As Singapore faces labor shortages and strong manufacturing activity, it is no surprise that it is running its economy above its potential, says Brian Tan, senior regional economist at Barclays.
Even though a stronger Singapore dollar may weigh on export momentum, Tan believes it is precisely what the country needs to cool inflation pressures, which are rising due to strong demand across the board, including in manufacturing and exports.
“The Singapore dollar framework is exactly meant to slow down exports as the Singapore dollar appreciates relative to the policy band, and that will naturally slow down the rest of the economy,” Tan added.
After last Thursday’s announcement by the Monetary Authority of Singapore that it would take another small step to tighten monetary policy to combat inflation, the Singapore currency rose by nearly 0.7% to $1.3963 per dollar. This puts pressure on the expectation that another round of tightening is coming next month.
Labor Market Tightening
Even though Tan hoped for a strong manufacturing sector, the country’s very strong activity has been causing its inflation pressure as the tight labor market is driving wages up.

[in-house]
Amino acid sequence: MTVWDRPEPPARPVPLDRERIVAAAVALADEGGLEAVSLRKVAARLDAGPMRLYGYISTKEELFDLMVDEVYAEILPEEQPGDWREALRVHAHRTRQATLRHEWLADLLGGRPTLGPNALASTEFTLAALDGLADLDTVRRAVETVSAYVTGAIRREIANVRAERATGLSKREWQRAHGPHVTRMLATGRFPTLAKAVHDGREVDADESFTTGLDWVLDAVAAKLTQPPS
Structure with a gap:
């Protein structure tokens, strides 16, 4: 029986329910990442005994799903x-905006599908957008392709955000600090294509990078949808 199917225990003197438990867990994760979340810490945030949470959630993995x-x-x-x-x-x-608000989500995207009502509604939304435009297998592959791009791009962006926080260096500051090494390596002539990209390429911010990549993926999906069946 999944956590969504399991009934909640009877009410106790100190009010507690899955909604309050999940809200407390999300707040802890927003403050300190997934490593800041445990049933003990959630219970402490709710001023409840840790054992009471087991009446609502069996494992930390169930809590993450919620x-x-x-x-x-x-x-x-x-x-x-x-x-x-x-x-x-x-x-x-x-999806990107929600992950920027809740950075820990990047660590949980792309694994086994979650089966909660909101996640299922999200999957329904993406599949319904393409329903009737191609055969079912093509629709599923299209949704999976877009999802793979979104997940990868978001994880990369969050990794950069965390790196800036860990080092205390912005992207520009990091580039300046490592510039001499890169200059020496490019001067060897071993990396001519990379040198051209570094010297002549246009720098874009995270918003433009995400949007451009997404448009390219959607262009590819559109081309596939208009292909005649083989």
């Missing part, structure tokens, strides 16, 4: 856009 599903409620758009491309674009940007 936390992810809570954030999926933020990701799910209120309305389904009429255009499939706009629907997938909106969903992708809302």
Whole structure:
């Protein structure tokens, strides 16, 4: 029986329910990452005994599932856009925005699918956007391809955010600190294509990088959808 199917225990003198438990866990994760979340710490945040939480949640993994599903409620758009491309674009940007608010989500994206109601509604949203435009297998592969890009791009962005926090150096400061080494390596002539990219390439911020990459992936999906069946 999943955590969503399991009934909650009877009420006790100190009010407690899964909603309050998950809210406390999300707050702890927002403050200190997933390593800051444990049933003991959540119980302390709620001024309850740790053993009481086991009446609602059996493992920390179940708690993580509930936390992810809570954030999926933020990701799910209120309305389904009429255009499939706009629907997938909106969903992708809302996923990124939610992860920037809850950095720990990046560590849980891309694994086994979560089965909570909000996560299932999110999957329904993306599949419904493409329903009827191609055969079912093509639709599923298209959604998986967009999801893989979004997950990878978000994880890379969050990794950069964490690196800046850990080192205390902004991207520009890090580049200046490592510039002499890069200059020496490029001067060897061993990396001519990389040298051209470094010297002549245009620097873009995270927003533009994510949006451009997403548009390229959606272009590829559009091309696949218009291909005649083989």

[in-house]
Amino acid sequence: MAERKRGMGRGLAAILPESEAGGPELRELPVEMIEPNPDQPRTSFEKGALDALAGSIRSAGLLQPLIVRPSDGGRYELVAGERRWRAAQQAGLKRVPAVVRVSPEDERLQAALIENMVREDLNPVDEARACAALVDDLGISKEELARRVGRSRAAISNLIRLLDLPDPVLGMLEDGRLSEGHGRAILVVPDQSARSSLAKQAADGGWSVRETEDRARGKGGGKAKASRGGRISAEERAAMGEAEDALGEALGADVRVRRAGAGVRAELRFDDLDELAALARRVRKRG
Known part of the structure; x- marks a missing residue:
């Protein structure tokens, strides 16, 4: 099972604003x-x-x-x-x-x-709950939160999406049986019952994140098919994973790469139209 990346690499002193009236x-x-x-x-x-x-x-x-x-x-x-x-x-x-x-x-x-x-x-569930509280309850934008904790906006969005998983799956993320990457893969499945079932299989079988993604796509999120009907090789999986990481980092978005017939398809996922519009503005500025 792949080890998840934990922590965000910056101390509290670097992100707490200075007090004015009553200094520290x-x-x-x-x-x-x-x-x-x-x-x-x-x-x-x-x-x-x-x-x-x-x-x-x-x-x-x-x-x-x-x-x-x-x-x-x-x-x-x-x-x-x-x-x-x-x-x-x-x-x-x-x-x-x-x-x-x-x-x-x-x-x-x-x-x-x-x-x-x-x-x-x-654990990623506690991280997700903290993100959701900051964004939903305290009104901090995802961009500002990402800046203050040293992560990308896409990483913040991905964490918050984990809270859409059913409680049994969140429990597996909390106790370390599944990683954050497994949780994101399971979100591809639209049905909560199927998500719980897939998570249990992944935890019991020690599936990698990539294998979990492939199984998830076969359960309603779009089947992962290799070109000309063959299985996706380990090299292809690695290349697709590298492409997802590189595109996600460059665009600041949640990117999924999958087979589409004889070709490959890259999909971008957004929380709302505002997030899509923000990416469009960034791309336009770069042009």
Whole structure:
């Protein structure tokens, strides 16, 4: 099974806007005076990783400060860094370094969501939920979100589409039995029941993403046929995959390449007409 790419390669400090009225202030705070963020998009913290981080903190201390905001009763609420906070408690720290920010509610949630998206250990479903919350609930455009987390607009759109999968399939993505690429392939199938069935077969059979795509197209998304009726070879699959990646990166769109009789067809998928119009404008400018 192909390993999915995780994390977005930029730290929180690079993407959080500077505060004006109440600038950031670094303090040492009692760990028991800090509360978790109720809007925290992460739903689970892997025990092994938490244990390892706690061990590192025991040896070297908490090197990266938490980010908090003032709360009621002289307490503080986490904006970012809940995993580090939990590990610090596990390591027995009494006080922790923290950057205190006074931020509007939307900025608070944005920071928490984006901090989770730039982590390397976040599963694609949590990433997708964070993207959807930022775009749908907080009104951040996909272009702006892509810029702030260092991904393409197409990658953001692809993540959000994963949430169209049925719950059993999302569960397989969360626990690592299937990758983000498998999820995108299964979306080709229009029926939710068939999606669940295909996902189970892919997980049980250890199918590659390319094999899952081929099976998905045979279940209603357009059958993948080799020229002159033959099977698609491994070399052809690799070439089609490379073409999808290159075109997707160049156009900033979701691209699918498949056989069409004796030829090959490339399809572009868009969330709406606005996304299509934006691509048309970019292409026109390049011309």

As of recently, the country has reopened its borders and immigrants have been able to cross back in, but these people are being replenished faster than they are being replaced as many are simply hiring workers in the tourism and hospitality sectors.
The manufacturing sector is already struggling with a labor shortage due to pandemics, Tan said, adding that it has also been trying to find and hire workers, “so there’s very strong competition right now.”
Singapore’s non-oil domestic exports (NODX) grew for the 19th consecutive month last month, increasing by 9% year on year, down from 12% in May, according to Enterprise Singapore data released on Monday.
The majority of the growth in the NODX came from United States, Indonesia, and Malaysia. According to the government agency, electronic shipments increased by 4.1% in June following the substantial 12.9% increase in May. Meanwhile, non-electronic NODX rose by 10.6% in June following the 11.7% increase a month earlier.
Manufacturing and exports will benefit the economy, but there is a shortage of workers to satisfy demand, Tan noted. “It may be prudent to slow [manufacturing and export activity] in order to bring the inflation pressures under control until supply can improve going forward,” Tan added.
As for inflation in Singapore, he pointed out that it will be “key to watch” in the second half of the year.
Tan said reopening the borders has eased some of the labor shortages, but recovery will be gradual.
The inflation rate will be “quite sustained” in the second half, and only begin to cool near year’s end, he said.